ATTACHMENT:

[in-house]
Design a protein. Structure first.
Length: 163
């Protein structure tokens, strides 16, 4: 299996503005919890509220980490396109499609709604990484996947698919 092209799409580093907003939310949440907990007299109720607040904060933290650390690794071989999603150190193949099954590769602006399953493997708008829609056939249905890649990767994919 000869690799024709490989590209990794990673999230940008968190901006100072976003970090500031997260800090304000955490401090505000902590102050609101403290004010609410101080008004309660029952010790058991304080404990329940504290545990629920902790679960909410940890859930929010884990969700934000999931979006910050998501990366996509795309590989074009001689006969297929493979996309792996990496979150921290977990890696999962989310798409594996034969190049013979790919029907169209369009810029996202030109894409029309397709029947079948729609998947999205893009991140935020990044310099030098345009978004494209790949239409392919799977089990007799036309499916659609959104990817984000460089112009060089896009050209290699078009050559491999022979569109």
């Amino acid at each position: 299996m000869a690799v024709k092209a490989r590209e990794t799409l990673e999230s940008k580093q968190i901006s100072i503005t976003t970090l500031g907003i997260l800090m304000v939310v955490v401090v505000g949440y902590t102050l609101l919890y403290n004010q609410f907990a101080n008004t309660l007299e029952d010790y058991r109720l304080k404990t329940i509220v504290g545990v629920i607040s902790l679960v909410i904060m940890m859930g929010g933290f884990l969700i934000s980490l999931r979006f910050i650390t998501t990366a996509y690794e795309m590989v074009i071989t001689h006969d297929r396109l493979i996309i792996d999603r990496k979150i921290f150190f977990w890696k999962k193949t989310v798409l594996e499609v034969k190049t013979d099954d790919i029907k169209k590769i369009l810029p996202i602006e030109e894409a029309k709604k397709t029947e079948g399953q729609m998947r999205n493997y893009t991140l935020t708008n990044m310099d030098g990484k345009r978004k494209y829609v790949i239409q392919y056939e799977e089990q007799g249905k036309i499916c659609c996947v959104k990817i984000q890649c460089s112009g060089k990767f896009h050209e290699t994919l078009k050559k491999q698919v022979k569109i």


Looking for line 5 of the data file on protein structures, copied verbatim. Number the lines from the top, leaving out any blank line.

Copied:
């Amino acid at each position: 299996m000869a690799v024709k092209a490989r590209e990794t799409l990673e999230s940008k580093q968190i901006s100072i503005t976003t970090l500031g907003i997260l800090m304000v939310v955490v401090v505000g949440y902590t102050l609101l919890y403290n004010q609410f907990a101080n008004t309660l007299e029952d010790y058991r109720l304080k404990t329940i509220v504290g545990v629920i607040s902790l679960v909410i904060m940890m859930g929010g933290f884990l969700i934000s980490l999931r979006f910050i650390t998501t990366a996509y690794e795309m590989v074009i071989t001689h006969d297929r396109l493979i996309i792996d999603r990496k979150i921290f150190f977990w890696k999962k193949t989310v798409l594996e499609v034969k190049t013979d099954d790919i029907k169209k590769i369009l810029p996202i602006e030109e894409a029309k709604k397709t029947e079948g399953q729609m998947r999205n493997y893009t991140l935020t708008n990044m310099d030098g990484k345009r978004k494209y829609v790949i239409q392919y056939e799977e089990q007799g249905k036309i499916c659609c996947v959104k990817i984000q890649c460089s112009g060089k990767f896009h050209e290699t994919l078009k050559k491999q698919v022979k569109i």